Google wants to reformat the publishing business

16 Sep 2011

It has emerged that Google is about to take on the social publishing revolution and beat early proponents like Flipboard and Pulse by helping the genre to flourish on its Android platform for smartphones and tablets.

Anyone who is familiar with apps like Flipboard – an elegant iPad app that takes feeds from Facebook, Twitter and a plethora of mainstream publications liked Forbes and the New Yorker and turns them into an elegant table-top magazine – will realise that the era of social publishing is well and truly upon us.

It’s not just about sharing, it’s about apps that elegantly reformat content that’s out there – whether it’s an online news piece, a blog or just a tweet – for your reading/viewing pleasure.

Apps like Pulse on both iOS and Android devices beautifully rend all your feeds from Google Reader into a tabular array to ensure you miss nothing.

It has emerged that Google is now working on a product that will take content from Google+ and other social sources to compete with Flipboard and Pulse in the growing social magazine space.

According to Kara Swisher of All Things Digital, the new product will be called Propeller and it will attempt to muscle in on the action ahead of Facebook, which incidentally is trying to make social versions of publications available on its social networking site.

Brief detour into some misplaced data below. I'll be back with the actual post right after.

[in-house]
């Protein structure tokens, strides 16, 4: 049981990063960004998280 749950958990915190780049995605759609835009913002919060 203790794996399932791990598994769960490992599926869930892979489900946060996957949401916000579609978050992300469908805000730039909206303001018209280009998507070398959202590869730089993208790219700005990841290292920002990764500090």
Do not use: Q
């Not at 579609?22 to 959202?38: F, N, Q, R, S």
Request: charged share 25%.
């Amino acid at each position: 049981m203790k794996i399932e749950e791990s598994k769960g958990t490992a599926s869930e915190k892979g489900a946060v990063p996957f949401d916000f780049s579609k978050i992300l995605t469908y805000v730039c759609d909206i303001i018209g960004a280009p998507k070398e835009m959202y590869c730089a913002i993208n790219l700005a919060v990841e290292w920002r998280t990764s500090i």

There are few in the media who want to admit it but, well, the day will soon arrive when buying a physical copy of a magazine or newspaper will be an indulgence of some kind. The reality is digital devices are on their way to becoming the primary vessels upon which news will flow to us, socially or by search.

Quoted in the latest Vogue magazine, R.E.M.’s Michael Stipe shows that even 20th-century rock stars see that digital is the way forward. “Buying a newspaper will become a special occasion, elitist, almost nostalgic,” he told the magazine.

Many of these new generation of media reader apps like Pulse, Zite and Flipboard enable you to not only read online articles as if they’re laid out by a professional designer, they allow you to enjoy audio and video and also engage socially with the content by sharing it out via Twitter or liking or commenting on an item via Facebook.

The era of social publishing is upon us and Google – with assets such as Reader, Google+, One Pass and the forthcoming Propeller – clearly wants to play its part in reformatting publishing as we know it.


John Kennedy is a journalist who served as editor of Silicon Republic for 17 years